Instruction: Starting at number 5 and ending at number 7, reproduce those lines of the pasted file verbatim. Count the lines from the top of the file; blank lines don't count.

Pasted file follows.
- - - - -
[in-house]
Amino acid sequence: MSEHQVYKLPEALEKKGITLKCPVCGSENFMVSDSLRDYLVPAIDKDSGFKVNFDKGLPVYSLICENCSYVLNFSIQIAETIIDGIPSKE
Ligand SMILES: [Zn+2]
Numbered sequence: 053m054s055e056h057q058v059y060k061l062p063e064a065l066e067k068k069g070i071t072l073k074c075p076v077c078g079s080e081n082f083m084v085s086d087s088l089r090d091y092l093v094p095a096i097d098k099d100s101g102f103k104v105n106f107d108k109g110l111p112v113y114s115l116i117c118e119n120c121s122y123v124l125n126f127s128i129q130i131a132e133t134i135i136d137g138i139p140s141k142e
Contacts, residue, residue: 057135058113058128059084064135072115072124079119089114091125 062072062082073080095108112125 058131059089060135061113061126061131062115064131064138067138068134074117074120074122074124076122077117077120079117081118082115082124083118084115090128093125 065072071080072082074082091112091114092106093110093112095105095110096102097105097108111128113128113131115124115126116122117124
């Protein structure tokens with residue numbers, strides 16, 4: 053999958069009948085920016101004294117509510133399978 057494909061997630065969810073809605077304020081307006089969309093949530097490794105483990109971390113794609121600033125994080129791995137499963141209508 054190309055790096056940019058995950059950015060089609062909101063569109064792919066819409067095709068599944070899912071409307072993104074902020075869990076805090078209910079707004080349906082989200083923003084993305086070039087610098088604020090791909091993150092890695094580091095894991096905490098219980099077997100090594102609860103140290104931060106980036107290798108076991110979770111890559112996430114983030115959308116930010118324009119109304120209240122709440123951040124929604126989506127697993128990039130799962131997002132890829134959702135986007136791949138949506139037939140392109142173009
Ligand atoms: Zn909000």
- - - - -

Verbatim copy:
Contacts, residue, residue: 057135058113058128059084064135072115072124079119089114091125 062072062082073080095108112125 058131059089060135061113061126061131062115064131064138067138068134074117074120074122074124076122077117077120079117081118082115082124083118084115090128093125 065072071080072082074082091112091114092106093110093112095105095110096102097105097108111128113128113131115124115126116122117124
């Protein structure tokens with residue numbers, strides 16, 4: 053999958069009948085920016101004294117509510133399978 057494909061997630065969810073809605077304020081307006089969309093949530097490794105483990109971390113794609121600033125994080129791995137499963141209508 054190309055790096056940019058995950059950015060089609062909101063569109064792919066819409067095709068599944070899912071409307072993104074902020075869990076805090078209910079707004080349906082989200083923003084993305086070039087610098088604020090791909091993150092890695094580091095894991096905490098219980099077997100090594102609860103140290104931060106980036107290798108076991110979770111890559112996430114983030115959308116930010118324009119109304120209240122709440123951040124929604126989506127697993128990039130799962131997002132890829134959702135986007136791949138949506139037939140392109142173009
Ligand atoms: Zn909000």